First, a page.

Founder-Editor of the People’s Archive of Rural India and agrarian expert P. Sainath talks to Shalini Nair on the aim of the two-day long Kisan Mukti March in Delhi to bring the various aspects of farm distress into the national discourse.
Besides the passage of the two bills – on loan waiver and guaranteed remunerative prices for produce – what does the Kisan Mukti Morcha hope to gain from this march?
As important as they are, the two bills are the first step. They are not a comprehensive closure of the agrarian crisis. They have a long way to go. You cannot resolve the agrarian crisis if you do not engage with the rights and entitlements of those who do the greatest amount of work in agriculture, which is mahila kisan. There was a 2011 private member bill introduced by MS Swaminathan which has already lapsed. You cannot say that I will solve this crisis without taking into account women, the ones who contribute 60% of the labour in agriculture. You cannot say that we can solve a crisis if you do not address the issue of land rights of a Dalit kisan, forest rights of an Adivasi kisan or the rights of tenant farmers who are an unbelievably exploited and a vulnerable lot.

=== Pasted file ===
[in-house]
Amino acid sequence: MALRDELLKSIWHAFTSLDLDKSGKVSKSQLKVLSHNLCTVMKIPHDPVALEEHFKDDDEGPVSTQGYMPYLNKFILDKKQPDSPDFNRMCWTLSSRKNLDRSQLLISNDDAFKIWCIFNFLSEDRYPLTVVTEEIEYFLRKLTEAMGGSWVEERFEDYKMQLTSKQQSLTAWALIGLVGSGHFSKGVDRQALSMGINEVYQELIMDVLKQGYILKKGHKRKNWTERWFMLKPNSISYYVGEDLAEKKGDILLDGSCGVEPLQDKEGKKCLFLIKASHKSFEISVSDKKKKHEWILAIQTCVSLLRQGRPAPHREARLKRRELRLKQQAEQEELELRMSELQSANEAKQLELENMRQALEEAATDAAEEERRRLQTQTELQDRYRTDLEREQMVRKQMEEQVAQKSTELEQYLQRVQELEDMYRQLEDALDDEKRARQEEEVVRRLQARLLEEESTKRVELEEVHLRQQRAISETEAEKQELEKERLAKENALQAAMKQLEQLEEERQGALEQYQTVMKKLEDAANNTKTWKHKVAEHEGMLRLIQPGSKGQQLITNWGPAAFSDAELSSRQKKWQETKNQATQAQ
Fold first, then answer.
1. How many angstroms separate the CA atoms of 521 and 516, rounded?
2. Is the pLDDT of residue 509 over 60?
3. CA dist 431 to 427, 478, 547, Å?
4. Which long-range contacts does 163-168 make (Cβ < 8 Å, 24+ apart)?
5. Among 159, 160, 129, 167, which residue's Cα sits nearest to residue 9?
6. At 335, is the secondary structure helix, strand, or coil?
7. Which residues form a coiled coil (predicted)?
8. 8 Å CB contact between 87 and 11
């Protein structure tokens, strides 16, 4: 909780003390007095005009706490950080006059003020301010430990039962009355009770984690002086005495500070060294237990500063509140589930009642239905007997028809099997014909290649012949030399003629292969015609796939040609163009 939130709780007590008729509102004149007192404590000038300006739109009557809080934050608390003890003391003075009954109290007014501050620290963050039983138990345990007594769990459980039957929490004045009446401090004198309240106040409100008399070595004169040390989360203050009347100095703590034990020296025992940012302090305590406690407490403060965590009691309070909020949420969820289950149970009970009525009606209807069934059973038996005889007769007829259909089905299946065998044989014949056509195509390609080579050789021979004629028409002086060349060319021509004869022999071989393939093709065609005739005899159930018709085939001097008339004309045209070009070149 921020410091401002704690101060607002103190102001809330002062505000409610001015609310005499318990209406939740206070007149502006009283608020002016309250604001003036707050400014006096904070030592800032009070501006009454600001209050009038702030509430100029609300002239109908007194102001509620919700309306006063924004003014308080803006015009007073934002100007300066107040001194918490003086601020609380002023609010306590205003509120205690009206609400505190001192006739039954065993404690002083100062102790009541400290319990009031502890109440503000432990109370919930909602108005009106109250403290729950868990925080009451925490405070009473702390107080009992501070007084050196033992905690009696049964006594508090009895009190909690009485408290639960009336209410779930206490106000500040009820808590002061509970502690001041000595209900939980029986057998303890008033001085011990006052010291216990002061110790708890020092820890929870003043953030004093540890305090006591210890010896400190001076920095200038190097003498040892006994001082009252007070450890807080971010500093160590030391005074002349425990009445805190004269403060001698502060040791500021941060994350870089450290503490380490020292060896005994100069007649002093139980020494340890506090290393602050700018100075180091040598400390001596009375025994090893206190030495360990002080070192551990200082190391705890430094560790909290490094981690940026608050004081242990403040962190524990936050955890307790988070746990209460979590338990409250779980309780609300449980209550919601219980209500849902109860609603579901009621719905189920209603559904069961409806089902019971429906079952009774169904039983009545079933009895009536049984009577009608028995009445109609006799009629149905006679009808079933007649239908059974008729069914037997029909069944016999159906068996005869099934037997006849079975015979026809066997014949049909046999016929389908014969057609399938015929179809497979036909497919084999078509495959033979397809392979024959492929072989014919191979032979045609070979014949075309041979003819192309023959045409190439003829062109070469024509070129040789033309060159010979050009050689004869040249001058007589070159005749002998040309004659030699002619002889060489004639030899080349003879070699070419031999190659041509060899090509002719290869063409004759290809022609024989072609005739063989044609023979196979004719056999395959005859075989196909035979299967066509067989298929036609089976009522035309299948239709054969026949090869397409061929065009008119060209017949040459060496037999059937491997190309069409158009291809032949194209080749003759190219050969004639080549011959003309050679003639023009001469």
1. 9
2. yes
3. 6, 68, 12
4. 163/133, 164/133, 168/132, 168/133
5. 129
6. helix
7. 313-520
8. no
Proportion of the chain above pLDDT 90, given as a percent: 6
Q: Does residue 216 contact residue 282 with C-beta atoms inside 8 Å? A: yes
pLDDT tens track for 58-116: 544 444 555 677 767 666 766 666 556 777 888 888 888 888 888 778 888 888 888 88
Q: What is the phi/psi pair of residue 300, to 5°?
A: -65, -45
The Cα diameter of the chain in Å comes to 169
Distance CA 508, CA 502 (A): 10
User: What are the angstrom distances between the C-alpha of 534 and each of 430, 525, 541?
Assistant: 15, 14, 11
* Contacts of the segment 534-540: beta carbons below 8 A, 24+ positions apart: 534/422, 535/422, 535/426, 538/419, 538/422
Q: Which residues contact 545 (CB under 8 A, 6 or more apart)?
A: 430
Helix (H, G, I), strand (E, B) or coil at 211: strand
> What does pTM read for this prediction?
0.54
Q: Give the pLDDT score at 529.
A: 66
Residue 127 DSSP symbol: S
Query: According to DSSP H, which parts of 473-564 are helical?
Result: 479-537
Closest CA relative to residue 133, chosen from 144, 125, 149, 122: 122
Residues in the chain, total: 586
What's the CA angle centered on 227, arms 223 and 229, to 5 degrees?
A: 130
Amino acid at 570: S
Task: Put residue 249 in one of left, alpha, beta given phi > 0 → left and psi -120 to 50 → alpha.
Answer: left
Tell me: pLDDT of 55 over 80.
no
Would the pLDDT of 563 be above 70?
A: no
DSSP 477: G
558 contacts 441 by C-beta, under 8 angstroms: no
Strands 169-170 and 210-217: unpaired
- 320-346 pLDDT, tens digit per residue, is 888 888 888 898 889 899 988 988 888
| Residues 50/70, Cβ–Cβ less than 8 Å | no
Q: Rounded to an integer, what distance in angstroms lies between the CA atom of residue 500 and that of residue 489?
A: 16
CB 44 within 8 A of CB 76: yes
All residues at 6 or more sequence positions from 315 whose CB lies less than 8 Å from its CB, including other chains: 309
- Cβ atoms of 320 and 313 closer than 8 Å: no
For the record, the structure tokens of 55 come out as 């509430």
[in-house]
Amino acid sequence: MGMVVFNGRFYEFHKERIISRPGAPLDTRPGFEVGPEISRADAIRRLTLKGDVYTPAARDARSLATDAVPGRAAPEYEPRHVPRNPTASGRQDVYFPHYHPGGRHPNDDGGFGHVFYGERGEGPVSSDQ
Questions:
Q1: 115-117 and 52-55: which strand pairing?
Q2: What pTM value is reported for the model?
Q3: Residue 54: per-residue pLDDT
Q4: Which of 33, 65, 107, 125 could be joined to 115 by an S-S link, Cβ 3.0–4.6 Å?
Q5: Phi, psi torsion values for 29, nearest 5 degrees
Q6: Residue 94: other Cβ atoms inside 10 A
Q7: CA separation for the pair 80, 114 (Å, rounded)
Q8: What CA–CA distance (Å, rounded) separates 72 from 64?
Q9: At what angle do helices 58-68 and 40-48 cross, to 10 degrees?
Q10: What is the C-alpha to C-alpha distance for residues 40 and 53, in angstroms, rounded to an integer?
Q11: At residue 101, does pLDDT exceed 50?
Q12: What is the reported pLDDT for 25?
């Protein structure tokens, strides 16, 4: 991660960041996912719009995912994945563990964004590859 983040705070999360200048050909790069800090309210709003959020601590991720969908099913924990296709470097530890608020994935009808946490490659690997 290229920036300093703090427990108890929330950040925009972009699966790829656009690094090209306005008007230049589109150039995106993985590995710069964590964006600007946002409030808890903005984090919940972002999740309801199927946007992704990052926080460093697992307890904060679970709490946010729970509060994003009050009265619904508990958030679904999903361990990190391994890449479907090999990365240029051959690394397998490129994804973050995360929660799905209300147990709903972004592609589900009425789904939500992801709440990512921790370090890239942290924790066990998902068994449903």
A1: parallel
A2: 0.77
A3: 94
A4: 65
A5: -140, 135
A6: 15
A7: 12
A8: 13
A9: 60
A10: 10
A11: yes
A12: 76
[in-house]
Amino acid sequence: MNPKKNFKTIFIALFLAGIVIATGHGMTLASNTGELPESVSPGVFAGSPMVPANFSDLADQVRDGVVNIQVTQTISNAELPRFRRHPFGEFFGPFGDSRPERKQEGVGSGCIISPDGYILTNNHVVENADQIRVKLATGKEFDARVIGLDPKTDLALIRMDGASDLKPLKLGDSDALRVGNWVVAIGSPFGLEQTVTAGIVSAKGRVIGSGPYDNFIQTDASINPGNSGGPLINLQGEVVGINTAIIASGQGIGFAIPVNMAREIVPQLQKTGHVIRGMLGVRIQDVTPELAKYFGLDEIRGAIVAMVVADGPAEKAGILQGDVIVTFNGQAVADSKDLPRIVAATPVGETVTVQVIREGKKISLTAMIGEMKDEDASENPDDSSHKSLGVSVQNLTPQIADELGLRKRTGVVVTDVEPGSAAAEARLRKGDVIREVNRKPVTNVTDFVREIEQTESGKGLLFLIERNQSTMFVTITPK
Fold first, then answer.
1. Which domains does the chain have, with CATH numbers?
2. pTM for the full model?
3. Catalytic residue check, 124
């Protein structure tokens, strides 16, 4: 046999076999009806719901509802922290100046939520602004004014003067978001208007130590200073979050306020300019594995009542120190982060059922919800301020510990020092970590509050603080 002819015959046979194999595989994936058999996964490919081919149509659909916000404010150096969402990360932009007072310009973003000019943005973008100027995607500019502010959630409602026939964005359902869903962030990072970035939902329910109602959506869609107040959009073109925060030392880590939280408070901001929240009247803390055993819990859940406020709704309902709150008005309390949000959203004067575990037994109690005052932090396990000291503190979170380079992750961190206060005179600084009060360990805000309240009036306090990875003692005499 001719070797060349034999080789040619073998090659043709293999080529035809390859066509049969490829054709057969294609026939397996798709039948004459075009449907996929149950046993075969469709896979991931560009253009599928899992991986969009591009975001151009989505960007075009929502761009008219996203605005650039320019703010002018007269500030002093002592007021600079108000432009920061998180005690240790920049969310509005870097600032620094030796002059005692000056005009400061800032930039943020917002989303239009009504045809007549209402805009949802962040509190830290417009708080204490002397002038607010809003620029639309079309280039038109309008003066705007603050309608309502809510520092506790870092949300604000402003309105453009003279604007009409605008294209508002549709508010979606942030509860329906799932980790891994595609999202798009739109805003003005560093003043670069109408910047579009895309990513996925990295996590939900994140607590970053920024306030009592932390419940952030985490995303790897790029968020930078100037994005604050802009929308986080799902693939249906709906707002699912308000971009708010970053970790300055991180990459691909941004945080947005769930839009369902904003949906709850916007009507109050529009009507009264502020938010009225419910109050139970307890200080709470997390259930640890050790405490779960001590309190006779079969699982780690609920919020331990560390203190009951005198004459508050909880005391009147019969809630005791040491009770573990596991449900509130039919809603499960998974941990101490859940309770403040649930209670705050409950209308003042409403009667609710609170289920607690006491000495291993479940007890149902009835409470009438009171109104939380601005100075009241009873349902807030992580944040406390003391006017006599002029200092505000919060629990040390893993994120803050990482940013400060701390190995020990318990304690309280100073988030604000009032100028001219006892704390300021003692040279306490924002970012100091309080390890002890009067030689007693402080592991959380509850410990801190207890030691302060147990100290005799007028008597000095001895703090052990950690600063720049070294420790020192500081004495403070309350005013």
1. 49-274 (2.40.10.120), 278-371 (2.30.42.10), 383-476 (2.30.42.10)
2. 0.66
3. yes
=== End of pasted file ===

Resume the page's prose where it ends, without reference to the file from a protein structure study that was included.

All these sections have to be given their due and brought back into the national discourse. The march in Delhi has brought out a huge contingent of middle classes in support of the farmers. This march is the beginning and not a culmination. Hopefully, it is a historic beginning.
What other issues does this march hope to bring specifically under focus?
It (the session) should address the burning issues of MSP (Minimum Support Price) and farmer debts. Then, there is the gigantic water crisis in the country. Water is plundered and privatised. In Marathwada, where women in times of scarcity pay 45 paise a litre, alcohol factories pay 4 paise a litre. Thirty years ago, these workers paid 1 paise per litre. These workers now put four paise worth of water in plastic bottles and sell it to you for twenty rupees.
There is a mega water crisis that is engulfing this country, a crisis that is bigger than a drought. It has a lot to do with the five forms of water transfer: from the poor to the rich, from the village to the city, food crop to cash crop, livelihood to lifestyle and agriculture to industry. These are the kinds of water transfer that are taking place and those deprived of water have no voice in any of this.